I was teaching a class about Thomas Jefferson when a student asked if we could meet him. Remember, this is a seventh grader, about 13 years old. After a shocked pause, I said “No, he lived 200 years ago. He died a long time ago.” After a few seconds in which I could actually see the gears turning in her head, she said “ohh” and it dawned on her, but not for long since I got a similar question from her the next day. Her average was about 47 and I somehow managed to fail her only because the office had screwed up and lost the form I filled out. They were all set to change my failing grade to a passing on the basis that I never did the paperwork when I showed them my copy of the form. Their disappointment at having to fail her was obvious.

The kids were out of control in every class and failing most of them but since I had them the bulk of the time (for Humanities, Writing, and for a few of them, home room) it was all my fault. One of the worst things they did was push a teacher down the stairs. It happened outside my room while they were waiting for class to begin. However, they had ten minutes before it started and never should have been there to begin with. They were only there because their previous teacher couldn’t take them another second and dismissed them early. This happened all the time because there were no clocks installed in the building. The school was a converted apartment building and the teachers had to bring in their own clocks, and of course none of them were in sync. Want to get rid of a lousy class? Set your clock a few minutes ahead and let them out. It happened all the time.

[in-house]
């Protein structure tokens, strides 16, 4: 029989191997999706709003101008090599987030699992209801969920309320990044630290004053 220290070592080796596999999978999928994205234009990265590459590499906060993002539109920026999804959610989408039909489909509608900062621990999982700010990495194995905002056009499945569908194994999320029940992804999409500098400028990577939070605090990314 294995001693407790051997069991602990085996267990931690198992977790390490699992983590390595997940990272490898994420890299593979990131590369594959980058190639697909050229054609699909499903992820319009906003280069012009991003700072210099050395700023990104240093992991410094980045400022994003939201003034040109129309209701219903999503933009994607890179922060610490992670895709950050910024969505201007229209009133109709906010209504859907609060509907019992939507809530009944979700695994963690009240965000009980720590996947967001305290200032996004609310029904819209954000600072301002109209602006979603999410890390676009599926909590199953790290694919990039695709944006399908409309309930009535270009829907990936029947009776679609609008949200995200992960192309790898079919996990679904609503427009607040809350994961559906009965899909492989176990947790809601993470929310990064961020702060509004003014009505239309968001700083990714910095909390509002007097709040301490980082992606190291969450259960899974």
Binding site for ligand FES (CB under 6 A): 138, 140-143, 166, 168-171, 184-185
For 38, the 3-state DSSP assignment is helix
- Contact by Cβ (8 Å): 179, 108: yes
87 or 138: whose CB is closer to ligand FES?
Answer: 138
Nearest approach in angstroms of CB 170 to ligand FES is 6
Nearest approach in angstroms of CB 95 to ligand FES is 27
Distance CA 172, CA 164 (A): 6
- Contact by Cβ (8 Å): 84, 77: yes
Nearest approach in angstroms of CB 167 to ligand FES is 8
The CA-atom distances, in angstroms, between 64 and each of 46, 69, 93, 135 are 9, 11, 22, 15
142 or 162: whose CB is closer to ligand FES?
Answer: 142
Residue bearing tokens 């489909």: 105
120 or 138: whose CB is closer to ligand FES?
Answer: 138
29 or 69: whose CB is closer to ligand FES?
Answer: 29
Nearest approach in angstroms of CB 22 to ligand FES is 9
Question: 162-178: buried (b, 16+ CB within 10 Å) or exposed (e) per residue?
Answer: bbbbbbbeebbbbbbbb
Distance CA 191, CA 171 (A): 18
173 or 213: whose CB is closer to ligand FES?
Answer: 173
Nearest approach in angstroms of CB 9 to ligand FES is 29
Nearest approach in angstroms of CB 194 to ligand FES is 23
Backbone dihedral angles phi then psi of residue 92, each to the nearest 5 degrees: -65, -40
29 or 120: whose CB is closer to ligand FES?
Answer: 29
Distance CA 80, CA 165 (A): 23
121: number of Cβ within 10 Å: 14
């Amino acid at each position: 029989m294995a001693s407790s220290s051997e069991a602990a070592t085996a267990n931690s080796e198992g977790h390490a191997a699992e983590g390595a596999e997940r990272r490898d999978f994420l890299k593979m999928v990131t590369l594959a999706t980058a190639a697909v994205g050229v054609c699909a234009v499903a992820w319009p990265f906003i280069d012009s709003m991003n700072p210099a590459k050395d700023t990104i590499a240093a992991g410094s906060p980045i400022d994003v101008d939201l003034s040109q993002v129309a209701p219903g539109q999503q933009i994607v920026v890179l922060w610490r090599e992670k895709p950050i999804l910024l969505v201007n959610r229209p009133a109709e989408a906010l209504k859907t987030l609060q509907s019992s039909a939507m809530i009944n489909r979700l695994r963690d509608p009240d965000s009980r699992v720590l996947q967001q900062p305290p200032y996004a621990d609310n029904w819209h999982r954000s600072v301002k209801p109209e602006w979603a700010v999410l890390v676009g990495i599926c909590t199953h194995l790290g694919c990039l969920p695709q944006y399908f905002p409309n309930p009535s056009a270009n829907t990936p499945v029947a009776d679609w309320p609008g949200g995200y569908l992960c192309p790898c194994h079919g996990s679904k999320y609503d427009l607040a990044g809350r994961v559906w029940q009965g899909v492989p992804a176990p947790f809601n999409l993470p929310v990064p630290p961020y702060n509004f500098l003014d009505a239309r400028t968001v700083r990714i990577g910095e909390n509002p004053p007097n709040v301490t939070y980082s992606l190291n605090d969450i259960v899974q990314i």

So I was in my room getting things set up when I heard the mob outside but it was early and I had no intention of letting them in yet when I heard the computer teacher screaming at one of them, (and in fact he was cursing) and it was getting very bad. I ran out of the room intending to save the teacher’s job because he was way over the line but I got there too late. I was just in time to see him flying down the stairs. He was pushed by a student. I called security, got the kids into my room, and they were rioting. The Principal came and instead of screaming at them, told them how wrong the computer teacher was for cursing. Never mind that they were acting like cannibals and pushed a teacher down the stairs. And after she yelled at them, she yelled at me. Why? Because it happened near my room.

The teacher who caused it all by letting them roam the building by kicking them out ten minutes early? Not a word was said to her.

The writing was on the wall. I was going to be forced out or fired.

I beat them by getting a job in another school first.



Part Two can be found by clicking on this link.